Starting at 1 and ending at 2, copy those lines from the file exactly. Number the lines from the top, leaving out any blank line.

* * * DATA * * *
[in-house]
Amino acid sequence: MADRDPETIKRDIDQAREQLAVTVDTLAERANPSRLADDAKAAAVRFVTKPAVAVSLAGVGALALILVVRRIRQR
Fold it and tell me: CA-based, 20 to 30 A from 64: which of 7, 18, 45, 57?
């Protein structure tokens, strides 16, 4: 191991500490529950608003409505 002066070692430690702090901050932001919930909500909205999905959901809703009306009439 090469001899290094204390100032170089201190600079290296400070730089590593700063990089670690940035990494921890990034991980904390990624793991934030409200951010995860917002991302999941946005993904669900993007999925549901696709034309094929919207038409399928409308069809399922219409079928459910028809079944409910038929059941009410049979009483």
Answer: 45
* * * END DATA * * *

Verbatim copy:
[in-house]
Amino acid sequence: MADRDPETIKRDIDQAREQLAVTVDTLAERANPSRLADDAKAAAVRFVTKPAVAVSLAGVGALALILVVRRIRQR